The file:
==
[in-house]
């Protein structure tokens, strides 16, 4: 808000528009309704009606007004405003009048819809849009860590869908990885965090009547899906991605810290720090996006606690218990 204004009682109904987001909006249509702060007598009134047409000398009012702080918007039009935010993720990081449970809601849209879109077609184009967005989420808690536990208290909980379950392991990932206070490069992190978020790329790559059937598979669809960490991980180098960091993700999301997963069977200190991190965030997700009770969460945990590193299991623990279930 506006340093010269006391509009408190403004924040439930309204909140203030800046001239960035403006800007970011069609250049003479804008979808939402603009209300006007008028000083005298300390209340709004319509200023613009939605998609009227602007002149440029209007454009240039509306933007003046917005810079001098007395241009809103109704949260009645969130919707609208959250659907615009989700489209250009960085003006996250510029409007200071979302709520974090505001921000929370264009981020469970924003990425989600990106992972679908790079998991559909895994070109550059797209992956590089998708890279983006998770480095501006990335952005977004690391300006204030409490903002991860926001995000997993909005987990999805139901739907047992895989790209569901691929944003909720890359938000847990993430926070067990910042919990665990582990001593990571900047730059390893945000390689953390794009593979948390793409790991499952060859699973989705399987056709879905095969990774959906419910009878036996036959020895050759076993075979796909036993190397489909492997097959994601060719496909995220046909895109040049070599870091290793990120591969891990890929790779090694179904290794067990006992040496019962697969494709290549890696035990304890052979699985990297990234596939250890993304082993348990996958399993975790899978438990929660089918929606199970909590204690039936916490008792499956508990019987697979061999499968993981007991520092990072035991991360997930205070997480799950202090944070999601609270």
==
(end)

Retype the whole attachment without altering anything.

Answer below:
[in-house]
């Protein structure tokens, strides 16, 4: 808000528009309704009606007004405003009048819809849009860590869908990885965090009547899906991605810290720090996006606690218990 204004009682109904987001909006249509702060007598009134047409000398009012702080918007039009935010993720990081449970809601849209879109077609184009967005989420808690536990208290909980379950392991990932206070490069992190978020790329790559059937598979669809960490991980180098960091993700999301997963069977200190991190965030997700009770969460945990590193299991623990279930 506006340093010269006391509009408190403004924040439930309204909140203030800046001239960035403006800007970011069609250049003479804008979808939402603009209300006007008028000083005298300390209340709004319509200023613009939605998609009227602007002149440029209007454009240039509306933007003046917005810079001098007395241009809103109704949260009645969130919707609208959250659907615009989700489209250009960085003006996250510029409007200071979302709520974090505001921000929370264009981020469970924003990425989600990106992972679908790079998991559909895994070109550059797209992956590089998708890279983006998770480095501006990335952005977004690391300006204030409490903002991860926001995000997993909005987990999805139901739907047992895989790209569901691929944003909720890359938000847990993430926070067990910042919990665990582990001593990571900047730059390893945000390689953390794009593979948390793409790991499952060859699973989705399987056709879905095969990774959906419910009878036996036959020895050759076993075979796909036993190397489909492997097959994601060719496909995220046909895109040049070599870091290793990120591969891990890929790779090694179904290794067990006992040496019962697969494709290549890696035990304890052979699985990297990234596939250890993304082993348990996958399993975790899978438990929660089918929606199970909590204690039936916490008792499956508990019987697979061999499968993981007991520092990072035991991360997930205070997480799950202090944070999601609270």